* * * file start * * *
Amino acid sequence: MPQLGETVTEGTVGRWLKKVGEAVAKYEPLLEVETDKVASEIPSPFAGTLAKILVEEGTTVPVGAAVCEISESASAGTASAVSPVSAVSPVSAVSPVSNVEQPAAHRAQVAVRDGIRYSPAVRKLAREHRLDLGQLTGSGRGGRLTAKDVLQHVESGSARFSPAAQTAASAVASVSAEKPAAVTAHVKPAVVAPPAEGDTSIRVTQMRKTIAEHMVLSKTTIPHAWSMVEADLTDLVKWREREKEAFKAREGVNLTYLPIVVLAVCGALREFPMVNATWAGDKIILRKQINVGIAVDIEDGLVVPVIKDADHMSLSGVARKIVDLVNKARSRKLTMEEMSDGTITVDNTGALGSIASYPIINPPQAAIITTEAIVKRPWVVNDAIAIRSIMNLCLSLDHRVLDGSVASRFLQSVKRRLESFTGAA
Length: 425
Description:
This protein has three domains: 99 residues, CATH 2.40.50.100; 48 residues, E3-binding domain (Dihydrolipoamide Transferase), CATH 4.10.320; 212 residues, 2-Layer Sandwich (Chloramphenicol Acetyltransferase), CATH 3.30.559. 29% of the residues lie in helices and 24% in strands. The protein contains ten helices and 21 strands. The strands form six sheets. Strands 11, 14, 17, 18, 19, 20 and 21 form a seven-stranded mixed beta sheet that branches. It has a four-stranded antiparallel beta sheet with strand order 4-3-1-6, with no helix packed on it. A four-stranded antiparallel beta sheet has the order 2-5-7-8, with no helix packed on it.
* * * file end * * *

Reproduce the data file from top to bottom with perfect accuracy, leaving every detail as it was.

Amino acid sequence: MPQLGETVTEGTVGRWLKKVGEAVAKYEPLLEVETDKVASEIPSPFAGTLAKILVEEGTTVPVGAAVCEISESASAGTASAVSPVSAVSPVSAVSPVSNVEQPAAHRAQVAVRDGIRYSPAVRKLAREHRLDLGQLTGSGRGGRLTAKDVLQHVESGSARFSPAAQTAASAVASVSAEKPAAVTAHVKPAVVAPPAEGDTSIRVTQMRKTIAEHMVLSKTTIPHAWSMVEADLTDLVKWREREKEAFKAREGVNLTYLPIVVLAVCGALREFPMVNATWAGDKIILRKQINVGIAVDIEDGLVVPVIKDADHMSLSGVARKIVDLVNKARSRKLTMEEMSDGTITVDNTGALGSIASYPIINPPQAAIITTEAIVKRPWVVNDAIAIRSIMNLCLSLDHRVLDGSVASRFLQSVKRRLESFTGAA
Length: 425
Description:
This protein has three domains: 99 residues, CATH 2.40.50.100; 48 residues, E3-binding domain (Dihydrolipoamide Transferase), CATH 4.10.320; 212 residues, 2-Layer Sandwich (Chloramphenicol Acetyltransferase), CATH 3.30.559. 29% of the residues lie in helices and 24% in strands. The protein contains ten helices and 21 strands. The strands form six sheets. Strands 11, 14, 17, 18, 19, 20 and 21 form a seven-stranded mixed beta sheet that branches. It has a four-stranded antiparallel beta sheet with strand order 4-3-1-6, with no helix packed on it. A four-stranded antiparallel beta sheet has the order 2-5-7-8, with no helix packed on it.